The AFL has a new racism scandal on its hands after Adelaide Crows star Eddie Betts was targeted by a Port Adelaide fan in a series of slurs on Facebook.

After the Crows defeated the Power in Saturday night's Showdown, Maxine Spratt took to social media and reportedly called Betts an "ape".

"Eddie Betts ... should go back to the zoo where him and his family belong," Spratt wrote, in one post that was shared among 100,000 people.

Speaking to Seven News, the 31-year-old supporter at first defended her language, saying it stemmed from a dislike of Crows players and wasn't intended to be racist.

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"Well I just didn't like the players, just don't like them full stop, never have liked them, never will like them," she said.

Asked by a Channel Seven reporter if she thought Aboriginal players would find being called an ape offensive, she replied: "Not all do. Some do, some don't. I've got part Aboriginal in me and I don't find that racist."

Pratt, who has had her account deactivated by Facebook, revealed she has received death threats since making the derogatory comments.

"There's been a few people that want to smash my face in and beat me and my partner up," she said.

Her partner Kevin Edwards defended her actions. "It's not her fault she doesn't like these players," Mr Edwards said.

Pratt, who offered an apology to Betts later in the Seven interview, is not a Port Adelaide member so the club is unable to ban her from coming to matches.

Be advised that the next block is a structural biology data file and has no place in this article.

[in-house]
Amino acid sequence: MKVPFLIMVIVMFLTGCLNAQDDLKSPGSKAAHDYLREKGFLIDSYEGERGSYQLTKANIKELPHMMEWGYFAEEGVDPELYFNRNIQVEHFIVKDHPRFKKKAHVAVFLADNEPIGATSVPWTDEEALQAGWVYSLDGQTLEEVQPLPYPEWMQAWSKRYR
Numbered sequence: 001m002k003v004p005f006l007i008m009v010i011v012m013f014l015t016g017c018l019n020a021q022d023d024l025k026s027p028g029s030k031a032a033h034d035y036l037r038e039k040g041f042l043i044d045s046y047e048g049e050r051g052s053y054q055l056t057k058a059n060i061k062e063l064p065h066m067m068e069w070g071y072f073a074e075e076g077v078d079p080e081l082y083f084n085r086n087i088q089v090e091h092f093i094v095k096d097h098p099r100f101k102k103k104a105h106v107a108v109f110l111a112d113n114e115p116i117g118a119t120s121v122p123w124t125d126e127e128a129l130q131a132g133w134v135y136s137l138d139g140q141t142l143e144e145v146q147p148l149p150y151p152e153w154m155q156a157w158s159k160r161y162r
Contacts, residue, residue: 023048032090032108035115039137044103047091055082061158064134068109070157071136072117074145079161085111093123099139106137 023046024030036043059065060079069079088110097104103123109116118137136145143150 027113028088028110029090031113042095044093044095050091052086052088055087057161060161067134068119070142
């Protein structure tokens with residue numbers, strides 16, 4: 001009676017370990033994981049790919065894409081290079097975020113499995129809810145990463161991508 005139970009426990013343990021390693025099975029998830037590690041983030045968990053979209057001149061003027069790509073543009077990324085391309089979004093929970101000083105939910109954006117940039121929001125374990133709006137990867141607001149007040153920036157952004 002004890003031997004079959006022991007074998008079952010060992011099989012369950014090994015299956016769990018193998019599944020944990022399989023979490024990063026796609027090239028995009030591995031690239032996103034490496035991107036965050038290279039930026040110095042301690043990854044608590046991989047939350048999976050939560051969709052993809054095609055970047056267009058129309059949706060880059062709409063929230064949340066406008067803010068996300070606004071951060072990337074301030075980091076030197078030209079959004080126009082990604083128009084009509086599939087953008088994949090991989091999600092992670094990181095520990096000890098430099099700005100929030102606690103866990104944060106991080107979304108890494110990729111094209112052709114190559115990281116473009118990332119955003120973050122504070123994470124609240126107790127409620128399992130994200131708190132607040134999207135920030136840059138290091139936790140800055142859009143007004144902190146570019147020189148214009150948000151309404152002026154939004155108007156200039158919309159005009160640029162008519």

Port is also investigating separate incidents of alleged racism that took place during Saturday's round three blockbuster, believed to be aimed at small forward Betts and Power ruckman Paddy Ryder.

The club released a statement on Monday night saying it was working with management at Adelaide Oval to get to the bottom of the matter.

"If a club member has been found to breach Port Adelaide's spectator code of conduct the offender's membership can be revoked indefinitely," the club said in a statement.

Adelaide Crows CEO Andrew Fagan slammed the behaviour. "Our club strongly condemns any such behaviour and finds it abhorrent and disgusting," Fagan said.

"In listening to our playing group and our Aboriginal and Torres Strait Islander players in particular, it is clear how damaging and impactful racism is to them and their families.

"Our entire playing group and our club stand together on this, unequivocally."

Betts was also targeted in a match between the two South Australian clubs in August last year, when then 27-year-old female Port Adelaide supporter Alexandra Pelosi threw a banana at him.

Pelosi, who apologised to Betts in the aftermath, was fined by police for disorderly behaviour over the incident and handed an indefinite ban by the Power.

"This is all about education," Betts said at the time. "No one is born racist ... it's ingrained in them somewhere down the track. It all comes down to that, to be educated."